Back On The Streets

Donnie Iris

Carousel / MCA Records, 1980

http://www.donnieiris.com

REVIEW BY: Christopher Thelen

ORIGINALLY PUBLISHED: 08/29/1997

It's not often I write a review "flying blind." I usually have a basic knowledge of the artist, either from just listening to them for years, reading the liner notes or finding information on other areas of the Internet.

But Donnie Iris is a different story. Had it not been for my friend Diane and her husband giving me a whole mess of albums, I never would have heard of Iris. And once I decided to review his 1980 effort Back On The Streets (which I had a bitch of a time finding at my local used record store), I hit two more brick walls. The cassette has no liner notes, and there is damned little about him in any of the books I consult on a daily basis. The Web? No help to me in this instance.

So, we're left with what really is a "forgotten" artist and a forgotten classic. Were it not for the minor hit "Ah! Leah!" off this one, Iris would have slipped through the cracks of rock history. But a few listens to Back On The Streets shows that Iris is an artist who might be due a rediscovery.

"Ah! Leah!" is the leadoff track on this album, and what a song to be remembered for... well, remembered in a sense. The guitar work and keyboards complement each other so well, and the vocal harmonies are captivating. This is a song I honestly can't get enough of, and has rightfully made it onto several "500 best" lists from classic rock stations. (There is a promo-only live album from around this time which has "Ah! Leah!" on it - I haven't had a chance to dust off the copy Diane and John gave me.)my_heart_sings_the_harmony_web_ad_alt_250

But Iris quickly shows his talents went beyond one song. At times, his work reminds me a bit of Huey Lewis & The News for the doo-wop sounds and vocal harmonies, though Iris was more interested in making music for 1980 and not revisiting old ghosts. "You're Only Dreaming" and the title track are two prime examples of how good of a songwriter and musician he was for that time period.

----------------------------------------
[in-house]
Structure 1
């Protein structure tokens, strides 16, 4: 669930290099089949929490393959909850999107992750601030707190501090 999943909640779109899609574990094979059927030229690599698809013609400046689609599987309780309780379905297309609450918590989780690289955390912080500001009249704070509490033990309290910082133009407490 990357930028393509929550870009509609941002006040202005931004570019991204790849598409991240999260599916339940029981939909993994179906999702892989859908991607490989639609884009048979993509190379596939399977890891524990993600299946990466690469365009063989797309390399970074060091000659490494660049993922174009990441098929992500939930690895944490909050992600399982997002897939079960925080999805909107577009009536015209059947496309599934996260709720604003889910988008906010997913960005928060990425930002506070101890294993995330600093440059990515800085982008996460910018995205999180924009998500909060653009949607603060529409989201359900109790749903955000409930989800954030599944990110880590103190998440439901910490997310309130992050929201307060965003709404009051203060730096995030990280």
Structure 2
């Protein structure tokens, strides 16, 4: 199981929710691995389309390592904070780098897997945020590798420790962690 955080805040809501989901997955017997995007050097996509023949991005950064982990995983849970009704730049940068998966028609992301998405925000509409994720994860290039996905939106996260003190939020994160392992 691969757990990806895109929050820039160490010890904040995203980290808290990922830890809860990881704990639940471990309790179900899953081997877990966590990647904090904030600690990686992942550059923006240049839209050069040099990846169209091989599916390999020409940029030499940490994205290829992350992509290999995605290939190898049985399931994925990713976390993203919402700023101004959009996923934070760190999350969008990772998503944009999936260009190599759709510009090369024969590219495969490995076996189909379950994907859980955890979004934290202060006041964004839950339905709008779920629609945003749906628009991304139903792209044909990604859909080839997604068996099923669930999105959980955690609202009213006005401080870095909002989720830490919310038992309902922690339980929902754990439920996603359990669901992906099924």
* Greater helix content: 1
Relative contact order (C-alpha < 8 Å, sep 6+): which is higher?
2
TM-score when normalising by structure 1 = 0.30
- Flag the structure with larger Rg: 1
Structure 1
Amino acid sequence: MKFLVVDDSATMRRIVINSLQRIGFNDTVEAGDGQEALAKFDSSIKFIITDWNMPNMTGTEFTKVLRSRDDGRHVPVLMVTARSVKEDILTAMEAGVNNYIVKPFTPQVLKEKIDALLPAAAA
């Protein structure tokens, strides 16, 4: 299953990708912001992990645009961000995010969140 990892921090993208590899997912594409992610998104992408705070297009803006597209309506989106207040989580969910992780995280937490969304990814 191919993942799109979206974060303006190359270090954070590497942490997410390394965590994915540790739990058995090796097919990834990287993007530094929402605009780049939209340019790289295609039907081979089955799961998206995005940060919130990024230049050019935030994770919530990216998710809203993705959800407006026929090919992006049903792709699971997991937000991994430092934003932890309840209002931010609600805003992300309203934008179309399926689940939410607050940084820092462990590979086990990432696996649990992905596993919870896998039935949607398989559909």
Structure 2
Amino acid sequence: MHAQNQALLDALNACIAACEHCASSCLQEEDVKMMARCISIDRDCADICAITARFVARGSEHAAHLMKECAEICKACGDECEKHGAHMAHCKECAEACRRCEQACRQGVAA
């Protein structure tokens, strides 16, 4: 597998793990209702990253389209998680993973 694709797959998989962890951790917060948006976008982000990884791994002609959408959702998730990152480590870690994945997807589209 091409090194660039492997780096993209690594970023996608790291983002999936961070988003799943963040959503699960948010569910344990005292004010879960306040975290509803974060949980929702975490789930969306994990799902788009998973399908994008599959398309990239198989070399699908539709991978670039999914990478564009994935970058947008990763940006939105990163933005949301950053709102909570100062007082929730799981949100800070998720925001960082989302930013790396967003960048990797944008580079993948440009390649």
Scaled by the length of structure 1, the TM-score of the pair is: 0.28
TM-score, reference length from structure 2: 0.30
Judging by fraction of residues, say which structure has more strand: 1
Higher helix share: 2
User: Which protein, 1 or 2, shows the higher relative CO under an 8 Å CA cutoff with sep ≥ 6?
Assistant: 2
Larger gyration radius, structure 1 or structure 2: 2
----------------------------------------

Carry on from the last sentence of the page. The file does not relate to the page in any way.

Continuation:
In fact, maybe it was the doo-wop that hurt Iris in 1980. While America was embracing groups like Pink Floyd and artists like Bob Seger, others like Iris, who were trying to merge yesterday's rich history with the electronics of that day were forgotten. (One wonders what would have happened if this album had been released just one year later, with MTV coming on the scene.)

The second side of Back On The Streets is a tad weaker - one song, "Too Young To Love," almost sounds like a leftover from "The Rocky Horror Picture Show". Others, like "She's So Wild," are killer tracks that keep your foot tapping, while still others lile "Daddy Don't Live Here Anymore" fail to ignite. Still, the misfires are few and far between.

In fact, the biggest weakness I heard on this one was in the drum tracks - they often do not sound like acoustic drums. I could be absolutely wrong on this, but I'd venture to guess the majority of the drum work was synthesized, a complaint I have had with certain Huey Lewis songs. The album has aged a bit - you can tell from the keyboard work that this wasn't stuff banged out last week - but still remains somewhat fresh... kind of like the jar of stewed tomatoes that lingers in almost everyone's food cabinets.

So why bother to talk about this album if almost no one has heard of it? Simple: warts and all, it's a decent enough effort with a few excellent tracks. It shows the talent of Iris quite well - and it makes me mad that books like The New Rolling Stone Encyclopedia Of Rock & Roll don't even reserve one fucking sentence for him. Something is messed up here, kids. There is a reason some people still remember "Ah! Leah!" One listen to that song - and the rest of Back On The Streets - and you'll understand why.

It's only a matter of time before Iris and his body of work is re-discovered and recognized for what it is. My thought is that it's been neglected for far too long. You don't believe me? Call your local classic rock station and request "Ah! Leah!" and tell them that I asked you to. Discover in three minutes what I did courtesy of a gift. Nicest thing anyone's ever done for me.

Rating: B-

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© 1997 Christopher Thelen and The Daily Vault. All rights reserved. Review or any portion may not be reproduced without written permission. Cover art is the intellectual property of Carousel / MCA Records, and is used for informational purposes only.